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US jobless line shortens as productivity jumps; trade gap widens

The number of Americans filing new claims for unemployment benefits fell more than expected last week, in a boost to the labor market outlook and the broader economy.

Initial claims for state unemployment benefits declined 20,000 to a seasonally adjusted 331,000, the Labor Department said on Thursday. Claims for the prior week were revised to show 3,000 more applications received than previously reported.

Economists polled by Reuters had forecast first-time applications for jobless benefits falling to 335,000 in the week ended Feb. 1.

The four-week moving average for new claims, considered a better measure of underlying labor market conditions as it irons out week-to-week volatility, nudged up 250 to 334,000.

A Labor Department analyst said claims for Kansas were estimated and there were no special factors affecting the state level data.

A job seekers wears a Yale jacket while waiting in line to enter a job fair in New York.
Victor J. Blue | Bloomberg | Getty Images
A job seekers wears a Yale jacket while waiting in line to enter a job fair in New York.

The data has no bearing on January's employment report, which will be released on Friday, as it falls outside the survey period. Hiring is expected to have accelerated in January after being held down by unseasonably cold weather the prior month.

Nonfarm payrolls likely increased 185,000 last month, up from December's tepid 74,000 count, according to a Reuters poll of economists. The unemployment rate is forecast to hold steady at a five-year low of 6.7 percent.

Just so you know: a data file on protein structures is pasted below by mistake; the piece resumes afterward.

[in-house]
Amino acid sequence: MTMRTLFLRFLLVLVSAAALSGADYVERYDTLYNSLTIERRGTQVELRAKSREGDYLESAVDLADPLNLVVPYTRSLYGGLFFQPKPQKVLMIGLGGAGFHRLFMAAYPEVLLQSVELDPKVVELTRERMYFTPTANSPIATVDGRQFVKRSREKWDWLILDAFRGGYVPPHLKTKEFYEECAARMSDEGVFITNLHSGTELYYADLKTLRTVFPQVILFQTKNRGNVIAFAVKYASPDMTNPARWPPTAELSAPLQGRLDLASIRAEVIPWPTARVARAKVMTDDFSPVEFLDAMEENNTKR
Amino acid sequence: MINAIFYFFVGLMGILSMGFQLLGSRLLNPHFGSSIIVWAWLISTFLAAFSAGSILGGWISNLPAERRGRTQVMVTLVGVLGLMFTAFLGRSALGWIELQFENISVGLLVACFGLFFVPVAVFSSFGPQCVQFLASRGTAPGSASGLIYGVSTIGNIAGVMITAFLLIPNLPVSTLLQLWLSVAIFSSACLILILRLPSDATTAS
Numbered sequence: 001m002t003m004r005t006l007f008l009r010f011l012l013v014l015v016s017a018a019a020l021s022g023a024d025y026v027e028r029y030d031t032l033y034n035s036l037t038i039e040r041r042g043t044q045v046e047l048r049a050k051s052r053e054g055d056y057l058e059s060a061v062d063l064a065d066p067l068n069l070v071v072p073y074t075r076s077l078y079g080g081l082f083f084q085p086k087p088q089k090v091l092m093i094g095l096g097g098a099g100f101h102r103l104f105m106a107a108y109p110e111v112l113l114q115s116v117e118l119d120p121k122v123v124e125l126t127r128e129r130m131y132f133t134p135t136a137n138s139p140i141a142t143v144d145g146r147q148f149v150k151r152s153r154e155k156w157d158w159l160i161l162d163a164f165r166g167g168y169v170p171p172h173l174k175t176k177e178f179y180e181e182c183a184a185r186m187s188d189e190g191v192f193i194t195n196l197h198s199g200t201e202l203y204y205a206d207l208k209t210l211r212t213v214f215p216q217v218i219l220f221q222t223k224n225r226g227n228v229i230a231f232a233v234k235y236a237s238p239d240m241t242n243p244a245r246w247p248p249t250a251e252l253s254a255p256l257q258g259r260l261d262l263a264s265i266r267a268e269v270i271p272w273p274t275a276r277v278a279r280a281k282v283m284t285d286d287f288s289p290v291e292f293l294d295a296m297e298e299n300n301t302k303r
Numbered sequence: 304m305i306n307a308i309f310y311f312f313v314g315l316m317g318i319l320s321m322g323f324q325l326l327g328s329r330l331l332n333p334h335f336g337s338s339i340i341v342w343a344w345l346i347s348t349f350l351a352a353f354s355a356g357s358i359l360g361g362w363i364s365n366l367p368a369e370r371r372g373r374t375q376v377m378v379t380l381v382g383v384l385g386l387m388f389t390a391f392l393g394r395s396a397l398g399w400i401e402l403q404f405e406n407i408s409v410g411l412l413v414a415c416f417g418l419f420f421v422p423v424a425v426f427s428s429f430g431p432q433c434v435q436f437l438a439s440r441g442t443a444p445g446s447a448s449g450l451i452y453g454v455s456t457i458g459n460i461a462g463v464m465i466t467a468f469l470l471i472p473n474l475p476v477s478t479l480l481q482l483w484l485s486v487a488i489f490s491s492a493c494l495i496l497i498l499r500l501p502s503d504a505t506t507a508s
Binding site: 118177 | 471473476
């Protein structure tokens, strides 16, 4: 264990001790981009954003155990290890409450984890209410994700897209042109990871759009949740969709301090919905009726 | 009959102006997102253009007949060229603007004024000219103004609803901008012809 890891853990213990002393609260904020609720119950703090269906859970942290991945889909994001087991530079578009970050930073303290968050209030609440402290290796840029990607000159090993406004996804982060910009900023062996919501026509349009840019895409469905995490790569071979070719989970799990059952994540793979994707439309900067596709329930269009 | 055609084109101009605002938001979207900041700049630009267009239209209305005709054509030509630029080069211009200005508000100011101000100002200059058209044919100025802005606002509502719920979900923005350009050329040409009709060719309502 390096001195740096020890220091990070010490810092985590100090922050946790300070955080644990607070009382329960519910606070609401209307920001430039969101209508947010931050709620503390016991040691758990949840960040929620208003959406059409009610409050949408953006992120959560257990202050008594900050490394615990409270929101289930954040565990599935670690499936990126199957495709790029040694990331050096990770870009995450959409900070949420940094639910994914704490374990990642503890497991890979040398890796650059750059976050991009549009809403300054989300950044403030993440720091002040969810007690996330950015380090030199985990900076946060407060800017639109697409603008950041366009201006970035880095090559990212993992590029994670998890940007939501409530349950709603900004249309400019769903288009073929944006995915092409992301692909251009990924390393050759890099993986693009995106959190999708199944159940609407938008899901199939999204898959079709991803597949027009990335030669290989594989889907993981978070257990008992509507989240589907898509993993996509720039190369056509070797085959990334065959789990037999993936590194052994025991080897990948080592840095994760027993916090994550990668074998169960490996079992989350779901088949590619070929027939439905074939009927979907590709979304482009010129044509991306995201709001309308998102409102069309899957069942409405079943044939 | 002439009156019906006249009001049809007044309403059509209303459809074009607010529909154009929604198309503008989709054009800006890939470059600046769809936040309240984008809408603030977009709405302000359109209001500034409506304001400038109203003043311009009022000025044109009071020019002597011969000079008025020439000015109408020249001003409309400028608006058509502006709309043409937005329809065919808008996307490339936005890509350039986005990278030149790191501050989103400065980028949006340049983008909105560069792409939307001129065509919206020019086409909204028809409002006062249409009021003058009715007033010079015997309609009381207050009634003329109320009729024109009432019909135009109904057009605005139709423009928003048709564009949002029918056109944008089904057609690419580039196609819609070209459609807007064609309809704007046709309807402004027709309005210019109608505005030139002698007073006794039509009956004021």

The claims report showed the number of people still receiving benefits under regular state programs after an initial week of aid increased 15,000 to 2.96 million in the week ended Jan. 25.

The so-called continuing claims have been elevated in recent weeks and some economists say the cold weather could be preventing many recipients from going out to search for work and companies to delay hiring.

Productivity beats as trade gap widens

Separately, U.S. nonfarm productivity rose more than expected in the fourth quarter, mirroring the economy's sturdy growth pace, but weak unit labor costs pointed to subdued wage inflation. Meanwhile, the trade deficit widened more than expected in December as exports fell, which could see the advance fourth-quarter growth estimate trimmed.

Productivity rose at a 3.2 percent annual rate after increasing at a 3.6 percent pace in the third quarter, the Labor Department said. Economists polled by Reuters had forecast productivity, which measures hourly output per worker, rising at a 2.5 percent rate in the last three months of 2013.

Still, the underlying trend remained soft, with productivity increasing 1.7 percent compared to the same period in 2012. For all of 2013, productivity increased 0.6 percent. That was the smallest gain since 2011 and compared to a 1.5 percent rise in 2012.

Unit labor costs - a gauge of the labor-related cost for any given unit of output - fell at a 1.6 percent rate in the fourth quarter, showing weak wage-related inflation pressures in the economy. Unit labor costs fell at a 2.0 percent rate in the third quarter.

The Commerce Department said the trade gap increased 12 percent to $38.7 billion. November's shortfall on the trade balance was revised to $34.6 billion from the previously reported $34.3 billion. Economists polled by Reuters had forecast the trade deficit widening to $36.0 billion in December. For all of 2013, the trade deficit was $471.5 billion, the smallest since 2009.

When adjusted for inflation, the trade gap rose to $49.5 billion in December from $45.0 billion the prior month. This measure goes into the calculation of gross domestic product. The government in its advance fourth-quarter GDP estimate last week cited trade as one of the key contributors to the economy's 3.2 percent annual growth pace during the period.


--By Reuters

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